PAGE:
The Oriental life differed in a very marked degree from our modern life. For one thing, it was spent more in the open air than is possible in these colder climates; it was a simpler life, coming into contact with nature, open to the influences which nature is sure to have upon the sensitive mind. We gain something, possibly, by living in great cities, but we certainly forfeit something also; we know man better, we are brought more into contact with our fellow-men, but we lose sight of a great deal which might speak, and which does speak to us of the wonderful works of God. the frame of mind in which we live habitually, as well as our surroundings, will have much to do with the spirit of our worship. We may be in the condition of men who are overwhelmed by the thought of man and his works, or of money and its influences, immersed in the noise and smoke until the very heavens themselves are hidden from us, and then the charm of creation is gone, or we may do, what some men never seem to do, possess our souls in the midst of it all. It is something to have seen the works of God, to have taken note of them, even if it be only a glance on a starry night at the wonders of the firmament above. And when we look at the world and at life in this way, with eyes of devotion, and see the Lord there, realized as having a personal existence and share in it all, having to do with its being and its well-being, then it becomes impossible to be silent in His praise. The psalmist has not to reason himself into a right feeling about God; the right feeling is there, and so the psalm begins with an outburst of praise. He is a singer because he is a seer. And because he sees, he is full of devoutness and adoration, and sings as easily and naturally as birds sing when they have entered into the gladness and joy of coming spring. "When I think of God," said Haydn, "my heart is full of joy, the notes dance and leap. I write according to the thoughts I feel." And Handel, when he wrote his "Hallelujah Chorus," said he almost saw heaven opening before him. Devout and joyous worship, then, can only arise from a conception of a world and of a Deity like this. Absence of it in men is fatal; to them, as Hazlitt once expressed it, "the heavens have gone farther off, and become astronomical." The ladder that linked heaven and earth has disappeared; they are not likely to say with David, "The earth is satisfied with the fruit of Thy works," or, with Jacob, "How wonderful, how dreadful is this place!" And yet the duty of man remains. If he understands his true position he will worship, he must worship. But only in right thoughts and devout meditations will be found the secret of a lifelong praise such as the psalmist promises. "Even so, Father, for so it seemeth good in Thy sight." A spirit like that may rejoice even in a world like this, and He rejoiced in spirit, for it is the soul which makes the music of life; and therefore fitly and properly this psalm begins and ends, as many another psalm, with: "Bless the Lord, O my soul!"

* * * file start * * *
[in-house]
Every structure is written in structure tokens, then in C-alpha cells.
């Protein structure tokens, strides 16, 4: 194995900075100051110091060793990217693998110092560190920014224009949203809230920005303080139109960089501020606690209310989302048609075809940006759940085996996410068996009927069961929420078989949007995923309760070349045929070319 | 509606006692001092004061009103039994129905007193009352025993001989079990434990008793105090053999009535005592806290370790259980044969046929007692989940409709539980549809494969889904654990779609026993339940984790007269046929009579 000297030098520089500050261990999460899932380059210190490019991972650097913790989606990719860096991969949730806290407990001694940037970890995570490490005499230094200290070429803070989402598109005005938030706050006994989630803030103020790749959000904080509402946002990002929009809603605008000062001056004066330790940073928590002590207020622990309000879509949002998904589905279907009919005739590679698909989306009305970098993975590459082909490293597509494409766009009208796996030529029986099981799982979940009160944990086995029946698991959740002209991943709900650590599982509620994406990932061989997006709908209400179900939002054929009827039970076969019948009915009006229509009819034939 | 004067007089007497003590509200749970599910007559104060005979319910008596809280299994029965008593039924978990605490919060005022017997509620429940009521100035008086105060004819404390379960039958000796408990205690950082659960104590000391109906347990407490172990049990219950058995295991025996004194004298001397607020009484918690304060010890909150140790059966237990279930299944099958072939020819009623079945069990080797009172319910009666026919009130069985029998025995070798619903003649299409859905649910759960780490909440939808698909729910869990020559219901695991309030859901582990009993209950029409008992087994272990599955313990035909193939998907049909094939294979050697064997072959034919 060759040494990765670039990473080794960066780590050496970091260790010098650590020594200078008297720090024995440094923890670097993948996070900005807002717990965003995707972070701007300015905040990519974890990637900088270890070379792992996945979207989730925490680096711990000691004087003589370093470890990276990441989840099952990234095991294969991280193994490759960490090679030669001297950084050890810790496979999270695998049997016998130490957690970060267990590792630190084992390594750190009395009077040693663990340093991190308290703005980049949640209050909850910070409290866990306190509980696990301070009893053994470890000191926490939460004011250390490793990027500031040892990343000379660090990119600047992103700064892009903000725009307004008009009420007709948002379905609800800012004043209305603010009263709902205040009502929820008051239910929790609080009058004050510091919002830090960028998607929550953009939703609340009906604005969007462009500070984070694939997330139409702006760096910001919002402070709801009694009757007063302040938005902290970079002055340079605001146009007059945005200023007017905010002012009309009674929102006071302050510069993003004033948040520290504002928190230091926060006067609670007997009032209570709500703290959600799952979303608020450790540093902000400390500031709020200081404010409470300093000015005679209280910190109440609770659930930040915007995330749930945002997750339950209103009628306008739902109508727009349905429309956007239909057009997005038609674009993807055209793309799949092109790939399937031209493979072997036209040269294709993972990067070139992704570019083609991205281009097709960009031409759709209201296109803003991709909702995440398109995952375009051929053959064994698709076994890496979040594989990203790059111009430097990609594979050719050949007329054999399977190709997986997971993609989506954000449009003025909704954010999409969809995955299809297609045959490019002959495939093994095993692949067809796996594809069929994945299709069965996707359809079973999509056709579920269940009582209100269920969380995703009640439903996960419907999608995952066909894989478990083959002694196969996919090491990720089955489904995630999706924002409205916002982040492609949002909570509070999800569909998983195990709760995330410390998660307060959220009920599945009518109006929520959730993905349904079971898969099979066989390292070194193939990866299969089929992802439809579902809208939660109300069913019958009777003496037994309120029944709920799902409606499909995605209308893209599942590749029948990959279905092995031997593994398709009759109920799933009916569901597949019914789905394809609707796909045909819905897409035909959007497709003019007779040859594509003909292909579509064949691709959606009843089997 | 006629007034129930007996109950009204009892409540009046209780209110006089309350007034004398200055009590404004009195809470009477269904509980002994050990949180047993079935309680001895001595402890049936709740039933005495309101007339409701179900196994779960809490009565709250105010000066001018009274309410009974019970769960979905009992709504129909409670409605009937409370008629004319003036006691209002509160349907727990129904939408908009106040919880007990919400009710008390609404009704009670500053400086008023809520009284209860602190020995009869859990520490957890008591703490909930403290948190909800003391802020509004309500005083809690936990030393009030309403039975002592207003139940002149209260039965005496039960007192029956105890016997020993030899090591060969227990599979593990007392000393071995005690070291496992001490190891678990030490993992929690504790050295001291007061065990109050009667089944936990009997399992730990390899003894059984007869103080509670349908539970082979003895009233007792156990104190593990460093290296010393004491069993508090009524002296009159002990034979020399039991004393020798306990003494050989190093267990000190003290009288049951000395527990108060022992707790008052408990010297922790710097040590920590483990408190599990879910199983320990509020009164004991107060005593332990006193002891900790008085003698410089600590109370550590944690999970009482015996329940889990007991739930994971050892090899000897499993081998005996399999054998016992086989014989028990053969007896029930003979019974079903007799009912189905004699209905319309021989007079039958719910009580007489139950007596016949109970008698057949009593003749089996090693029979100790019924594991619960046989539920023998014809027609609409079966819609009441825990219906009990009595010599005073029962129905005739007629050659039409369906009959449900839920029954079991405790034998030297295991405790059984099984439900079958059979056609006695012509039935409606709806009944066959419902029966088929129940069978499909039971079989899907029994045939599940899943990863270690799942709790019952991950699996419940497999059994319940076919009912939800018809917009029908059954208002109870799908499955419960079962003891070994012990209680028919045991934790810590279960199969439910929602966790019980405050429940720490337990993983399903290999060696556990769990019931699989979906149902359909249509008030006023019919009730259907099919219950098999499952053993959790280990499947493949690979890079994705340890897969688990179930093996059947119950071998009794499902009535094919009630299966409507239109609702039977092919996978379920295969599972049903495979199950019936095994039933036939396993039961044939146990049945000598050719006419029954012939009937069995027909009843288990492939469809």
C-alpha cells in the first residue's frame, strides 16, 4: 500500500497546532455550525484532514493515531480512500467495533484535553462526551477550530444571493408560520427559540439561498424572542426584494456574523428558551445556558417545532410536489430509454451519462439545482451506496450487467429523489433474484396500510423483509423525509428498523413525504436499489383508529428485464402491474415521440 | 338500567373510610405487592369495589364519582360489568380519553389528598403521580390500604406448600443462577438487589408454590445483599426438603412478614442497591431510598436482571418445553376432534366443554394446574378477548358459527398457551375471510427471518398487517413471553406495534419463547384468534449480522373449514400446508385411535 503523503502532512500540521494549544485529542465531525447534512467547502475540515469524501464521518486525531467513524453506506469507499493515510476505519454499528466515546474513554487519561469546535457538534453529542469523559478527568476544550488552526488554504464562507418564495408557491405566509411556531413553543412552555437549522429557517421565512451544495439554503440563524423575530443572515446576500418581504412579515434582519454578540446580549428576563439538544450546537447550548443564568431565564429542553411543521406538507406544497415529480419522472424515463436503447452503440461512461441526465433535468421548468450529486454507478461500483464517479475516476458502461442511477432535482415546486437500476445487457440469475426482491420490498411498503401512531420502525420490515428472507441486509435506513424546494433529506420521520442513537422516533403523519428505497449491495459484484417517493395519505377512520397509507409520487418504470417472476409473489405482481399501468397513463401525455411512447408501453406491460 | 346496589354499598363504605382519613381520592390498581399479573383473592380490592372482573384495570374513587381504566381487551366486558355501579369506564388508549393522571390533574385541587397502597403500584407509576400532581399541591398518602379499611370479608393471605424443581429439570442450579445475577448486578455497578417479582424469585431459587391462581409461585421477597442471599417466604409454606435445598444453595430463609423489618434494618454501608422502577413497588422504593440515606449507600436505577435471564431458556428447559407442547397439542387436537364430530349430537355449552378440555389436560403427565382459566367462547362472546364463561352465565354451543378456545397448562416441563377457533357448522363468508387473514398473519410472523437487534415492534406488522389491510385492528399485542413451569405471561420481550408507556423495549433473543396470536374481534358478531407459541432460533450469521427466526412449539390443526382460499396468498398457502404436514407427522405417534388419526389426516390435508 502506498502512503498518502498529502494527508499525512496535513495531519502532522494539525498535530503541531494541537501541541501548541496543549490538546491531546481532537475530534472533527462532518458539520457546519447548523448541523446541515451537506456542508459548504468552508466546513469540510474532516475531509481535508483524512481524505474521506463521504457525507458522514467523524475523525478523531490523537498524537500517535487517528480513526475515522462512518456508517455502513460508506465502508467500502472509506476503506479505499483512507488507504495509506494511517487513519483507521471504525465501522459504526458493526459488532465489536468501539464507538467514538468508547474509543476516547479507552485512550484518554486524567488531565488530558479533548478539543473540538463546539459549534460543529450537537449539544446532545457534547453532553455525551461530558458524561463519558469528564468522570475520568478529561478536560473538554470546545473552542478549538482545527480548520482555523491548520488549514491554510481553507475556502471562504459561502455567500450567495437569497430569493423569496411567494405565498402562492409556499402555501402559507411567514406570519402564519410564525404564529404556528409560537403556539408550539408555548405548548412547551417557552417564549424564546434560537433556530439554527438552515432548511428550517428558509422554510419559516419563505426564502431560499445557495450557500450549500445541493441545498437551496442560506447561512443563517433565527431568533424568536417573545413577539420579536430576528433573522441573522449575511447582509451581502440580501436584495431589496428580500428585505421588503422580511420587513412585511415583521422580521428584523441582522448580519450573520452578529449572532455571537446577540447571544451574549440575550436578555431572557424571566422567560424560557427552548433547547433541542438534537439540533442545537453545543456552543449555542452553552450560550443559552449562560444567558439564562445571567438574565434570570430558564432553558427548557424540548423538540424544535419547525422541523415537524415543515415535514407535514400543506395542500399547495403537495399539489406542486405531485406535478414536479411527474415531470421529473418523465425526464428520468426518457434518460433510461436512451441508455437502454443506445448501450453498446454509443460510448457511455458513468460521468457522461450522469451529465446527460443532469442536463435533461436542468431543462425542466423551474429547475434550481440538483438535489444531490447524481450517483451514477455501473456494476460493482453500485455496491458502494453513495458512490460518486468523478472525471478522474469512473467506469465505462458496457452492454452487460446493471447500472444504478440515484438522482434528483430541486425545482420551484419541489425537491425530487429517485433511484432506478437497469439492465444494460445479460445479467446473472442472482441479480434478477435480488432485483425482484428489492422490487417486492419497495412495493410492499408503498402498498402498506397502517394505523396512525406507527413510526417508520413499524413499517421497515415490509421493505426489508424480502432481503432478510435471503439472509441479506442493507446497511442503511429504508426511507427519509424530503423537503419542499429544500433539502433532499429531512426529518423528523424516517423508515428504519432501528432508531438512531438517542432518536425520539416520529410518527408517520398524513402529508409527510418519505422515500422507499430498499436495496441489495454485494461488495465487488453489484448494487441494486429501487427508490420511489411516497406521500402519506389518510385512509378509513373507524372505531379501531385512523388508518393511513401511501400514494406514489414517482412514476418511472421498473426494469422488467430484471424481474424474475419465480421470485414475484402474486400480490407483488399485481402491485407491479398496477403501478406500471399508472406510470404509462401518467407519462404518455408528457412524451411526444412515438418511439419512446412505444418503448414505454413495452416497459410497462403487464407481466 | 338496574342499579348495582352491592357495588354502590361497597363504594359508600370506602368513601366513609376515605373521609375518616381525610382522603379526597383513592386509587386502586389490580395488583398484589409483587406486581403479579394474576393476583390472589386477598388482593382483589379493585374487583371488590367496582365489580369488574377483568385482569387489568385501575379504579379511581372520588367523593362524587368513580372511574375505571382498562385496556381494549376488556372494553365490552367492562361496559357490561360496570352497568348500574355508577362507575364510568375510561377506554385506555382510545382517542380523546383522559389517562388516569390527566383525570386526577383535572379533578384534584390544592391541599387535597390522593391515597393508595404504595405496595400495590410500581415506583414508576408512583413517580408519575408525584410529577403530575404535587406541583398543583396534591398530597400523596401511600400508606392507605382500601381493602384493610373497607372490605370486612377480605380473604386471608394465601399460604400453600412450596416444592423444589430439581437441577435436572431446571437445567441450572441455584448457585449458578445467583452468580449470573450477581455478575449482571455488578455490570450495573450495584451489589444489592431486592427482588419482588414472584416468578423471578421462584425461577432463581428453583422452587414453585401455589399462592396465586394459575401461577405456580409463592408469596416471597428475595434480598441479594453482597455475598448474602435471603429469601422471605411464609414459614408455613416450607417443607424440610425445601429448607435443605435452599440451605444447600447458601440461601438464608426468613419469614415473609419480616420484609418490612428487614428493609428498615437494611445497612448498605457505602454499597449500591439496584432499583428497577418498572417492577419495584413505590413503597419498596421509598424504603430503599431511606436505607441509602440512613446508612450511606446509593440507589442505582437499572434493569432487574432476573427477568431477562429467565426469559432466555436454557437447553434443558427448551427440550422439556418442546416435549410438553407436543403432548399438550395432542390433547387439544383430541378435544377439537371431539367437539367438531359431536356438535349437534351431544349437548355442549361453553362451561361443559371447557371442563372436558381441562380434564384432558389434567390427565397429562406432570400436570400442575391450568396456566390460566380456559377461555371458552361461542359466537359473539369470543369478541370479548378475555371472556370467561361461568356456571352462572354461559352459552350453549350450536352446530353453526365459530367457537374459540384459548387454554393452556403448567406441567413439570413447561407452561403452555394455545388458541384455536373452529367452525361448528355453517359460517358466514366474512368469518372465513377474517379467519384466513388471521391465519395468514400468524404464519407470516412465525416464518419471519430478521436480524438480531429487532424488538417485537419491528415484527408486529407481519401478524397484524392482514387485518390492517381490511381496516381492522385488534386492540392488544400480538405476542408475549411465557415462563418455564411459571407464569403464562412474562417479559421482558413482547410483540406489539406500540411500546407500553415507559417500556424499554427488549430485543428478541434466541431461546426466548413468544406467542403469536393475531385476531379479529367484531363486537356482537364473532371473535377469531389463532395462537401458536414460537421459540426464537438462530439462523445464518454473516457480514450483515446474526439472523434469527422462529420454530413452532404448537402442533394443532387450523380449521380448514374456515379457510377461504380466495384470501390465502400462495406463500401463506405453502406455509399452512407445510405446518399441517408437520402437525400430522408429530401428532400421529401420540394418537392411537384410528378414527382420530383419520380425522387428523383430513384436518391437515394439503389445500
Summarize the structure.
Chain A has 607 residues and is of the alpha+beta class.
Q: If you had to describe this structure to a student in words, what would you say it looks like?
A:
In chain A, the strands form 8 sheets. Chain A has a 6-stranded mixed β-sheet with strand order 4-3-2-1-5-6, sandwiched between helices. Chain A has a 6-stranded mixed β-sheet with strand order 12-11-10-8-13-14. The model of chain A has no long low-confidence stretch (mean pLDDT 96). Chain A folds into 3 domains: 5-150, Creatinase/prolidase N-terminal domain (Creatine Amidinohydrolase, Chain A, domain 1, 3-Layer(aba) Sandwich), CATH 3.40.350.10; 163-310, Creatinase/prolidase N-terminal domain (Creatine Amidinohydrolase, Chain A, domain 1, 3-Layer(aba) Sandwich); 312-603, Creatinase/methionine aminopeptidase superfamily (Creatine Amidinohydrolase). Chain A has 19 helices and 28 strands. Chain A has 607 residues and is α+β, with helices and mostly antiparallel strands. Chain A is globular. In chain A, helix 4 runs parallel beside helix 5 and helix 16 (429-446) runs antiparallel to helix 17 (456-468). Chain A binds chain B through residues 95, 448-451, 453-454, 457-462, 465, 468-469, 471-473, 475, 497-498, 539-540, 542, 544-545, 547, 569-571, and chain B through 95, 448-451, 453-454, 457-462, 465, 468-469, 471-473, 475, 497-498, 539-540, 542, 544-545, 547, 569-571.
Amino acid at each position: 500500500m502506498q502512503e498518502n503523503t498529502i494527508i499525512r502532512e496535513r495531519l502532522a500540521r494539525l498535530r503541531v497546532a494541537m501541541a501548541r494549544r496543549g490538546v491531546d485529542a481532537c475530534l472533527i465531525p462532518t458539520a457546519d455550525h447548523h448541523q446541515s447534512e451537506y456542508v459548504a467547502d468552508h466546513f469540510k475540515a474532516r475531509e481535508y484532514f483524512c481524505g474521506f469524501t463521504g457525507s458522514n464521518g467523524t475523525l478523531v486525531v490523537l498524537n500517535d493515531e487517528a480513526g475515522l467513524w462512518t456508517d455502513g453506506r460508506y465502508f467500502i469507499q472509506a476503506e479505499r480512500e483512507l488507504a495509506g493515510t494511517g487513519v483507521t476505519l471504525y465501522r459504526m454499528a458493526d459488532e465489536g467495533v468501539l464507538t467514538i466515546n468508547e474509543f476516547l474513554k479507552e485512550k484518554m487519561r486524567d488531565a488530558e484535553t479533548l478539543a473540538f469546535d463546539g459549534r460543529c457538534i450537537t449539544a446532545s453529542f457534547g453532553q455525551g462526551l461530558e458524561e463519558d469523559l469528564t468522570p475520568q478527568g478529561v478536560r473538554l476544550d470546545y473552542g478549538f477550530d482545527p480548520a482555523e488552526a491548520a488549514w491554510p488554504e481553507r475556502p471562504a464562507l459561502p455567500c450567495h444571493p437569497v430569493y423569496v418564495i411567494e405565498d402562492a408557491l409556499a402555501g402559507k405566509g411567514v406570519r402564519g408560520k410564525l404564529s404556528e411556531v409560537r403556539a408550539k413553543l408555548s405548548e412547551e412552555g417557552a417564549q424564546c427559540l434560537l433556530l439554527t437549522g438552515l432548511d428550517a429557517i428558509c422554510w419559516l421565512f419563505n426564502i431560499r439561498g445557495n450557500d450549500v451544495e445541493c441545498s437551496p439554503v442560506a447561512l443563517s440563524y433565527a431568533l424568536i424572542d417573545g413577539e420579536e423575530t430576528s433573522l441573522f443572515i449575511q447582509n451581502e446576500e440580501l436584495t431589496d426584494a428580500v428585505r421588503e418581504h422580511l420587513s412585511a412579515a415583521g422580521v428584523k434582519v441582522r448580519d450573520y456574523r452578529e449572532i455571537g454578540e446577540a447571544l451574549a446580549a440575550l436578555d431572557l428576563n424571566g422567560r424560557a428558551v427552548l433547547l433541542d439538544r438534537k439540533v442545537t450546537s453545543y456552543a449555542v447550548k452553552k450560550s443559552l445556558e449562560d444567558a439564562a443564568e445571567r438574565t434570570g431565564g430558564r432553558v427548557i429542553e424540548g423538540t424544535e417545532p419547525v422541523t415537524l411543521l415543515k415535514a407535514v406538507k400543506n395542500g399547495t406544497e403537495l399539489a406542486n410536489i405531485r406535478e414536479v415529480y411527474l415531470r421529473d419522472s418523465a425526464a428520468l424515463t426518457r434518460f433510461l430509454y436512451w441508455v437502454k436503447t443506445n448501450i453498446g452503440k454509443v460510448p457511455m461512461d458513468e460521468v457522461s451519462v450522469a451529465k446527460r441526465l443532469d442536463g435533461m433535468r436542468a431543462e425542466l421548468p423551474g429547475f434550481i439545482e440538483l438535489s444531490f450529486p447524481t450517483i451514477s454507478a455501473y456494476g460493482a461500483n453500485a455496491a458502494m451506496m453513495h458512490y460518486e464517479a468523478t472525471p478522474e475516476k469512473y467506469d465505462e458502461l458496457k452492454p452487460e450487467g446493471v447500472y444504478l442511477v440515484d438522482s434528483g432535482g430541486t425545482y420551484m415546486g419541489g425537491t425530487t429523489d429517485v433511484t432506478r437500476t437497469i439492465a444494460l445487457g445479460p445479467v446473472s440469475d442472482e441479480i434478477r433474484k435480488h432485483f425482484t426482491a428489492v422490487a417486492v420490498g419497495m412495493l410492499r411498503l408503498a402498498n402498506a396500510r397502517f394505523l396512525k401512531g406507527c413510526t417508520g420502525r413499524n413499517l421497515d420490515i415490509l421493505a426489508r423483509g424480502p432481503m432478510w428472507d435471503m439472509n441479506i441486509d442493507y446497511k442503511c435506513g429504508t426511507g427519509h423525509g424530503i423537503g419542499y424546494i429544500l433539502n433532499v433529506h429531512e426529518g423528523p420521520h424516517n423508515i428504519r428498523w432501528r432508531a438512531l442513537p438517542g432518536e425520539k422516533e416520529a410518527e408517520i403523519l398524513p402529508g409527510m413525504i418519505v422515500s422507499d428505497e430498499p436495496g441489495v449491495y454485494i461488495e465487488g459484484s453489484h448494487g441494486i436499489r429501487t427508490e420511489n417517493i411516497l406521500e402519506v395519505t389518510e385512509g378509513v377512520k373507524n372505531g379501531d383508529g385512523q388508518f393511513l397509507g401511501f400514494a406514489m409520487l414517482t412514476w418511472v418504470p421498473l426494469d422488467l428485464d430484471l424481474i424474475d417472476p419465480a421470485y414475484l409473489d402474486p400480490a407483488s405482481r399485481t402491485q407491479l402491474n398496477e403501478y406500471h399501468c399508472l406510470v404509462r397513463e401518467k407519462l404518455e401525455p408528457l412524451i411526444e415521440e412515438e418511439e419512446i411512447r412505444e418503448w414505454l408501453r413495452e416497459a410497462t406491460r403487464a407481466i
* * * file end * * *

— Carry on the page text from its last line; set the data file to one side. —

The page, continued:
(W. Baxendale.)

I. THE PSALMIST'S DETERMINATION.

1. That he will sing. He felt that God had given him a voice capable of singing as well as of speaking; that the power to utter sweet sounds in song, and the ear to delight in sweet sounds in song, was a noble faculty of his nature, and that this faculty was to be used in the Divine service.

2. That he will sing to the Lord — not for his own gratification and pleasure merely, nor to amuse his friends. He believed God heard his voice in song as much as He heard his voice in prayer.

3. That he will sing to the Lord as long as he lives.

II. It is instructive to observe HOW OFTEN, AND IN HOW MANY DIFFERENT WAYS SINGING IS MENTIONED AND ENJOINED IN THE SCRIPTURES.